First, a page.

School Center, Opfikon, 2004-2010

Today, a corridor typically acts as a link between spaces. Beginning in mid-18th-century Chelsea with John Thorpe’s Beaufort House, corridors appeared in almost every dwelling. However, looking further back to ancient times, the corridor was by far the largest room in a residence, as its purpose was not only to provide access, but also as a space for public life.
In schools, corridors are a very common spatial typology, familiar to everyone. At the School Center in Opfikon, three corridors are placed atop each other and connected by independent stairs. These superimposed corridors create breakaway areas on multiple levels. But what will happen in these super-scaled spaces? The answer is whatever does not happen in the main rooms.

The program is as broad as the pupils’ imaginations as they meet or escape their teachers.

With their openness, the corridors encourage interaction. Meeting spaces are defined by glazing only specific sections of the oversized hallways. A grandstand materializes as the stairs widen to the school’s entrance. Between the object-like stairs, a playground appears when small children run after each other.

Figure Ground Plan
Figure Ground Plan

Two light wells cut into the corridors, providing daylight and views between the levels; here one plays, runs, waits, and finally retreats into the classrooms. Accounting for half of the total floor area, the corridors are by far the largest spaces in the building.
The corridors are the fixed element around which maximum flexibility is achieved. In addition to the corridor walls, only the horizontal slabs and the facades are structurally active. They support, in the literal sense of the word, the whole building. Everything between the facades and the corridors can be removed and reorganized to adjust to the ever-changing requirements of an educational program.
In the corridors, the material is smooth concrete, exposing the structural bones of the building. The only color, light yellows and greens on the doors to the enclosed rooms, creates the sensation of being outdoors.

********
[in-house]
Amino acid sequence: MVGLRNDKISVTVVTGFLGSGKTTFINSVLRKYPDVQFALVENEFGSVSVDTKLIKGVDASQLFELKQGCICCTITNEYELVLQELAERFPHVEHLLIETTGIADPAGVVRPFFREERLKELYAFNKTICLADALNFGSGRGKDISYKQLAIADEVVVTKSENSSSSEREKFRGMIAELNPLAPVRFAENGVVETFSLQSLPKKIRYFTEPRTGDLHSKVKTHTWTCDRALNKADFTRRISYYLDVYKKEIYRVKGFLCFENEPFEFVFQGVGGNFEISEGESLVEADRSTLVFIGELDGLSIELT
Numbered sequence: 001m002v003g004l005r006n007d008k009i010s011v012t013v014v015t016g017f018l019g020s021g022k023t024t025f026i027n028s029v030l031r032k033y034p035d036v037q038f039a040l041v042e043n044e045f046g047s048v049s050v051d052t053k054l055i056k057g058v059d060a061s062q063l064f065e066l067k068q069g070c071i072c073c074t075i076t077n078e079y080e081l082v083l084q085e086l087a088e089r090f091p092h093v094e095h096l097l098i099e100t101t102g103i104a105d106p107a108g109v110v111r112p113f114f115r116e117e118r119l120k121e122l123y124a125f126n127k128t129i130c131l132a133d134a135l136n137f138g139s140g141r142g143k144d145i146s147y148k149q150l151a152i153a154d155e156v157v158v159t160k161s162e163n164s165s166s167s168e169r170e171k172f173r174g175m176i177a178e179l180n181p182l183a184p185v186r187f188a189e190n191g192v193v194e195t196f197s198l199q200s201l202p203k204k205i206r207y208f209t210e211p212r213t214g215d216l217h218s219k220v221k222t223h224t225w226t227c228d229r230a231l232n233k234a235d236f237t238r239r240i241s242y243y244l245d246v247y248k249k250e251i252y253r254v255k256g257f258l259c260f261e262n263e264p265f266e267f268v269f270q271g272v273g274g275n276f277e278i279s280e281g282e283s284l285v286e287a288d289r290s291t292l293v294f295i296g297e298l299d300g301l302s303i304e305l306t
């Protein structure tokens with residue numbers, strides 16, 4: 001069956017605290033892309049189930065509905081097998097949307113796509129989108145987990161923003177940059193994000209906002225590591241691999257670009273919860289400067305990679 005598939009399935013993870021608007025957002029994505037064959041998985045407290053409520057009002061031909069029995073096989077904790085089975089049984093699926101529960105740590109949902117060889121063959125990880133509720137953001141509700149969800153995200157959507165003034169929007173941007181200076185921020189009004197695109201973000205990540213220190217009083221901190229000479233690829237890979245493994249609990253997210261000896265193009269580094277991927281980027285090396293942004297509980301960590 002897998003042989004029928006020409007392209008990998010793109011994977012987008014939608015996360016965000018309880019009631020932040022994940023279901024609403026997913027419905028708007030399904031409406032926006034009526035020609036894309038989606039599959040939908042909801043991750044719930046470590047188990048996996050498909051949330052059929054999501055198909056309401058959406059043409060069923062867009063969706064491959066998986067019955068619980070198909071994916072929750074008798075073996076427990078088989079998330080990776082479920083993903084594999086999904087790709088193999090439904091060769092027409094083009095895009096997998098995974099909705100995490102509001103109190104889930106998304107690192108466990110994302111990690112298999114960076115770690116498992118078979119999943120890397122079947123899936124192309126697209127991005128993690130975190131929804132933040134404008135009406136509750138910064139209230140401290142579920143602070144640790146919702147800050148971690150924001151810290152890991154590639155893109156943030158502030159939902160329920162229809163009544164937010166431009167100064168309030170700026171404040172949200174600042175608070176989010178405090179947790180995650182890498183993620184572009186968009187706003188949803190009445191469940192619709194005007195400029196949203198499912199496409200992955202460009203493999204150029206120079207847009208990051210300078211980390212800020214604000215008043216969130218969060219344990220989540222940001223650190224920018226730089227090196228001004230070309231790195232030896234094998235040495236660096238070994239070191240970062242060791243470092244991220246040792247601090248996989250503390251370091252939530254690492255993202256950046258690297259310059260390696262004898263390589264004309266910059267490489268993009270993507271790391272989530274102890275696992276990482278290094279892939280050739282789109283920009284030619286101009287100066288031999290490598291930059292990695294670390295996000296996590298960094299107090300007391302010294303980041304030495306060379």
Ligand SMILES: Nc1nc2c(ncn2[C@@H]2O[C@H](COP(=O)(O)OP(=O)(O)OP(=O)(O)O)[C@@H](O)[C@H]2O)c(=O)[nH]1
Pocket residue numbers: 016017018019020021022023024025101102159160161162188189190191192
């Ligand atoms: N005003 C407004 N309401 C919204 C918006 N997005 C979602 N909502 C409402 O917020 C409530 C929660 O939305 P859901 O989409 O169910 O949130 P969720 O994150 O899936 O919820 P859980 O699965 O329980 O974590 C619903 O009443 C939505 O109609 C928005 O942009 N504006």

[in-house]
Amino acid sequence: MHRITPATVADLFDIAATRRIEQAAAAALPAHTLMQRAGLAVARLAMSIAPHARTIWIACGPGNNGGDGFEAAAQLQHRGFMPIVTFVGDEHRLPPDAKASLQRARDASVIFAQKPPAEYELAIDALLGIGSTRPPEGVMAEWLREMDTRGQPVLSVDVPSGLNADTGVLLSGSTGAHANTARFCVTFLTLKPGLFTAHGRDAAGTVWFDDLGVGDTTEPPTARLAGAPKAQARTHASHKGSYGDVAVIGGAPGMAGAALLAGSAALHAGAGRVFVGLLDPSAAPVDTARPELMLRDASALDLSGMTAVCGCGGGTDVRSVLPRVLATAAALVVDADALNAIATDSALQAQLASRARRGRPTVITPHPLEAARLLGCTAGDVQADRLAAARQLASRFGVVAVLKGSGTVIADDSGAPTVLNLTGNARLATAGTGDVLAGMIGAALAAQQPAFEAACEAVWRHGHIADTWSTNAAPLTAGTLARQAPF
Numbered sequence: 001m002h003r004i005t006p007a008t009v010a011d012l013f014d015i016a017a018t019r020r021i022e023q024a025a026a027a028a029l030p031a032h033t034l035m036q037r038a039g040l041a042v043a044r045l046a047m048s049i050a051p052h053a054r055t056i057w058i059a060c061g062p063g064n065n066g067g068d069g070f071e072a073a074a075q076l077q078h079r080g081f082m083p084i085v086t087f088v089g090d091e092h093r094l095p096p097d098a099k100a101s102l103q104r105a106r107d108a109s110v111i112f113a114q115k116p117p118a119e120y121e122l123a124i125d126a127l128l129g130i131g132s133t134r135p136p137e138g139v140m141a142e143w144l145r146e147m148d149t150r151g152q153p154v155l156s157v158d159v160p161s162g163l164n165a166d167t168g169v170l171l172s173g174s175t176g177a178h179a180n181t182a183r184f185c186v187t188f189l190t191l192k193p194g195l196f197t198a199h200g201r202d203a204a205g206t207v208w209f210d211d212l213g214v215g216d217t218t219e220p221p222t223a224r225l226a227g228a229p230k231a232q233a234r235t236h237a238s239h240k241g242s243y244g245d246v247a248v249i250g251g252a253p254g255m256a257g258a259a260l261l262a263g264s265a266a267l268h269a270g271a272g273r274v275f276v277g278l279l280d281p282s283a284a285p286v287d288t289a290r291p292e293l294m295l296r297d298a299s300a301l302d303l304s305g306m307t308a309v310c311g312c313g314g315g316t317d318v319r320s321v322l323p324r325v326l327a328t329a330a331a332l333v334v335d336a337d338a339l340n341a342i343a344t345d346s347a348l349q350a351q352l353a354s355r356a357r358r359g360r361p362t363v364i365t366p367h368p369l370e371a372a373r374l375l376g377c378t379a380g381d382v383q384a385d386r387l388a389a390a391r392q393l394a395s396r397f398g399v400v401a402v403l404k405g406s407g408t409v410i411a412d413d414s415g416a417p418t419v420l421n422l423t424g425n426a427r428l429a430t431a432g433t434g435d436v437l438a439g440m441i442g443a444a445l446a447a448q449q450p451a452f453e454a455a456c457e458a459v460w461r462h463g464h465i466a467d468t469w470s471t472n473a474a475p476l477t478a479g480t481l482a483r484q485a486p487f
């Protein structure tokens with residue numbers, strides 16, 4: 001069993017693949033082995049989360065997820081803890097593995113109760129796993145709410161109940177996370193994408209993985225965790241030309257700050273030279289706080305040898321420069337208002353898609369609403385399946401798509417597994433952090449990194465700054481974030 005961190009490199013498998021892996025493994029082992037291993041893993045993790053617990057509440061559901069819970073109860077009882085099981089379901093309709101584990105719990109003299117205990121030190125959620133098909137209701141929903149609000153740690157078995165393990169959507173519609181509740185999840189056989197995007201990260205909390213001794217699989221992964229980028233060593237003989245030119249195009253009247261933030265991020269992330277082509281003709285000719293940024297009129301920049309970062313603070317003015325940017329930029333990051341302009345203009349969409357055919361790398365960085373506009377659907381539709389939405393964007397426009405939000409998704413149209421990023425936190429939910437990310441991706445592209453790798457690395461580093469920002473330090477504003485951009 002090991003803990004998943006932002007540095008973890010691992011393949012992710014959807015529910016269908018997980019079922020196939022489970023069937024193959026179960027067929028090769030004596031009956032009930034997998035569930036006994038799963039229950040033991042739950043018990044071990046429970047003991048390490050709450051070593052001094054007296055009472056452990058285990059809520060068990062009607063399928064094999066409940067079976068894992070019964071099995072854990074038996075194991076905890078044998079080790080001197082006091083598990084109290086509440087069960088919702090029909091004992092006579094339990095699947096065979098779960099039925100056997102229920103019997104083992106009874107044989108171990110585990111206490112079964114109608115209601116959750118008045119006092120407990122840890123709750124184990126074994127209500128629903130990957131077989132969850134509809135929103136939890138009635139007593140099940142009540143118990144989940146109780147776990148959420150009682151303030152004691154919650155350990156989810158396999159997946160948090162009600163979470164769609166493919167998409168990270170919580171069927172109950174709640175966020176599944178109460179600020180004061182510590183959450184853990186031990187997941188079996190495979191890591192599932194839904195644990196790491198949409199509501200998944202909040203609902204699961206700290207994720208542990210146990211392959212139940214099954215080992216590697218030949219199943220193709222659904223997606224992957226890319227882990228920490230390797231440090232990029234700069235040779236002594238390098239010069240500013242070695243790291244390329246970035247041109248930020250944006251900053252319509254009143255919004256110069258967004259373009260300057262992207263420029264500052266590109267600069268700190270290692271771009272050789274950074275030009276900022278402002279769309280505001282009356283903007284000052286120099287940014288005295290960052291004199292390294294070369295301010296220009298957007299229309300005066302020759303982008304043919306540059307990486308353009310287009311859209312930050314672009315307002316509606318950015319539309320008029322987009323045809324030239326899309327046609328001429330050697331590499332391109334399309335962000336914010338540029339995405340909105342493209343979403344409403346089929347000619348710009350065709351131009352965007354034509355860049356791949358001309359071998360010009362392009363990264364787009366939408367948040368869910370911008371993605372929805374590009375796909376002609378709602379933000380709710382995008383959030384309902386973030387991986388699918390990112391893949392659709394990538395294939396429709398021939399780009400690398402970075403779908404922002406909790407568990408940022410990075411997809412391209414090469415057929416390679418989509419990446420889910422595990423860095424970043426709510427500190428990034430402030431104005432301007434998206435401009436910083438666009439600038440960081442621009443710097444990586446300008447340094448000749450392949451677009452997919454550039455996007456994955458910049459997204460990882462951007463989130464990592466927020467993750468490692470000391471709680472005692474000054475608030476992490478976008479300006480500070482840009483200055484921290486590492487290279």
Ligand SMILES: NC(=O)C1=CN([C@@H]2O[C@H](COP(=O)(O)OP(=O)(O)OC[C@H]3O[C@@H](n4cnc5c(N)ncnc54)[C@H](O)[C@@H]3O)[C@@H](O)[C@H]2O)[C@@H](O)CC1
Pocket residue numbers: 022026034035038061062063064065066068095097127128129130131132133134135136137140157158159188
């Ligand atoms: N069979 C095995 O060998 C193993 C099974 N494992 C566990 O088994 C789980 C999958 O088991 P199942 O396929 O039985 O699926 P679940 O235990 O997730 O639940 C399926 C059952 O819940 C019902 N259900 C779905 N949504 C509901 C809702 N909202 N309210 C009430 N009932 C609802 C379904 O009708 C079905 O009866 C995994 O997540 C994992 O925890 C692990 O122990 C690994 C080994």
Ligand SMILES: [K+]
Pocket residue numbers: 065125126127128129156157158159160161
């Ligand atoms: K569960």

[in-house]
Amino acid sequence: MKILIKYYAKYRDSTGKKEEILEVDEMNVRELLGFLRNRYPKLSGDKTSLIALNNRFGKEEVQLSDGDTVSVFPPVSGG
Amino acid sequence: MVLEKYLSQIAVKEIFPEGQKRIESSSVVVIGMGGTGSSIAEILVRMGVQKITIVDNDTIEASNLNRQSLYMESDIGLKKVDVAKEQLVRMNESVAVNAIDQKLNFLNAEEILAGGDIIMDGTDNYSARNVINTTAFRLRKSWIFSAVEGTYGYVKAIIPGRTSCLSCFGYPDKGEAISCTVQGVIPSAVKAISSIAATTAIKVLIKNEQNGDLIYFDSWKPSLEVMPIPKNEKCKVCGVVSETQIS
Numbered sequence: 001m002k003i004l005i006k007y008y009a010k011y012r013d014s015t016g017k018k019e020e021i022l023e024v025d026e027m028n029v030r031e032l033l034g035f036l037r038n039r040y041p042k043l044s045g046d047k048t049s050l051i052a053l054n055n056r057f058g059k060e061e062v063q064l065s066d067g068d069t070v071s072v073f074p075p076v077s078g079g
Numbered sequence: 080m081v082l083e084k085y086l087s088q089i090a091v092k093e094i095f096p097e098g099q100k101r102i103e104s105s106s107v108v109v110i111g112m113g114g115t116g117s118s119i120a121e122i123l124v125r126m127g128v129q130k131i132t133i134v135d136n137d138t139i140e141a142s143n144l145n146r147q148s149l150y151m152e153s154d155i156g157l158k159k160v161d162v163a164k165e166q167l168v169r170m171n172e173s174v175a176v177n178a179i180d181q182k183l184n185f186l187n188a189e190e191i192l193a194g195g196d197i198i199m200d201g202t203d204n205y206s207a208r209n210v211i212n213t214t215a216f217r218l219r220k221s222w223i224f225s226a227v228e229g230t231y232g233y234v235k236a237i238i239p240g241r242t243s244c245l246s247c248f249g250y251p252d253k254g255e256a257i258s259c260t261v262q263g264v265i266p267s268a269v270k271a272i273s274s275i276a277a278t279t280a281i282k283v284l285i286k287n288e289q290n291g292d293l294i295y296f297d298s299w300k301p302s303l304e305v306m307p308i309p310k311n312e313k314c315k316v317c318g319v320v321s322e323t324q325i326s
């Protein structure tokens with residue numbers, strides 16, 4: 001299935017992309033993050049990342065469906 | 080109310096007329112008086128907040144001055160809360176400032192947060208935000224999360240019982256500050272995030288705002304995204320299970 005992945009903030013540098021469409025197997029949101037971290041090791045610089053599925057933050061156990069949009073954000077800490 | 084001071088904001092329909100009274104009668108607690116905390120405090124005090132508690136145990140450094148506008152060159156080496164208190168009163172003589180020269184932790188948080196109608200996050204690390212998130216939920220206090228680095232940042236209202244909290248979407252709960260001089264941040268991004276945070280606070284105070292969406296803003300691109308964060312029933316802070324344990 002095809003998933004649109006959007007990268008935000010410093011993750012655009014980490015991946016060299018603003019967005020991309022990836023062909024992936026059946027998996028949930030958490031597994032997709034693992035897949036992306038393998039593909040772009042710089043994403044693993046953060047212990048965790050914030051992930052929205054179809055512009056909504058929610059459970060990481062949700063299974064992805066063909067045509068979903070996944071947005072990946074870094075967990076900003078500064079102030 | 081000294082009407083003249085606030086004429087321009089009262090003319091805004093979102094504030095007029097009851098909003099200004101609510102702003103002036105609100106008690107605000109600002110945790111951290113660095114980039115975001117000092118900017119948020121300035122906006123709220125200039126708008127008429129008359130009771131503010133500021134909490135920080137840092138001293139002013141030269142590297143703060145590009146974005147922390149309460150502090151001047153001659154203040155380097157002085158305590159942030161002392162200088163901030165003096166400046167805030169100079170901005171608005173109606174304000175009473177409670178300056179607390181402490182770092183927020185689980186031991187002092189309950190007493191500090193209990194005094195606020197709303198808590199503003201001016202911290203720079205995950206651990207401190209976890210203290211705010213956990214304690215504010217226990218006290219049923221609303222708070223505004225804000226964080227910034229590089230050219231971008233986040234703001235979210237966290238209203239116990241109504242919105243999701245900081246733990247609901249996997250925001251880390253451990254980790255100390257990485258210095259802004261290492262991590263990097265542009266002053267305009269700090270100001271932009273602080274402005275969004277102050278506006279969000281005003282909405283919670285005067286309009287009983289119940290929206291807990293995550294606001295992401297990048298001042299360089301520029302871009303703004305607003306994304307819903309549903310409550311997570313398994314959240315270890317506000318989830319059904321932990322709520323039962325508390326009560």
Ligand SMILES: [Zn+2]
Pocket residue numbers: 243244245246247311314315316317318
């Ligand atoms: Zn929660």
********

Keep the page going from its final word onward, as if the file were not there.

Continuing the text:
From the exterior, the academic center is a massive, screened concrete block. Green pigments in varied intensities are faintly reminiscent of the mossy boundary stones that mark the new entrance to the school campus. On the ground level, the two sides of the façade facing the schoolyard are completely glazed. However, the exterior appearance above is an abstraction of what happens inside; where the corridors meet the facades, openings are differentiated by size and details.
A minimal number of staircases act to interconnect the corridors. These satisfy requirements for fire stairs, as the corridors are segmented and all transparent devices are detailed to be fireproof. Thus, the stairs are freed to be placed as singular objects, slightly rotated to emphasize the vertical agenda in the otherwise orthogonally oriented corridors.
If one would strip this building to its essence, only six stairs, four facades, and three corridors would remain. That’s all this building needs.


1st prize

Giebeleichstrasse 52
8152 Opfikon

City of Opfikon, represented by the Department of Property Management
Wim Eckert, Piet Eckert with Susanne Mocek, Markus Giera and Mirko Akermann, Hans-Peter Kistler, Thorsten Haack Competition Team: Wim Eckert, Piet Eckert with Jörg Schützle and Stefan Bernoulli, Benjamin Nordmann, Rico Oberholzer, Daniel Schweiss

General Contractor: HRS Real Estate AG, Zurich
Construction Management: Caretta Weidmann Baumanagement AG, Zurich
Structural Engineer: Dr. Lüchinger + Meyer Bauingenieure AG, Zurich
Building Physics/Acoustics: Leuthardt + Mäder, Brüttisellen
Facade Engineer: Müller Buri GmbH, Muri
Landscape Architecture: Hager Landschaftsarchitektur AG, Zurich
Photographs: Radek Brunecky, Zurich; Jon Naiman, Biel (Models)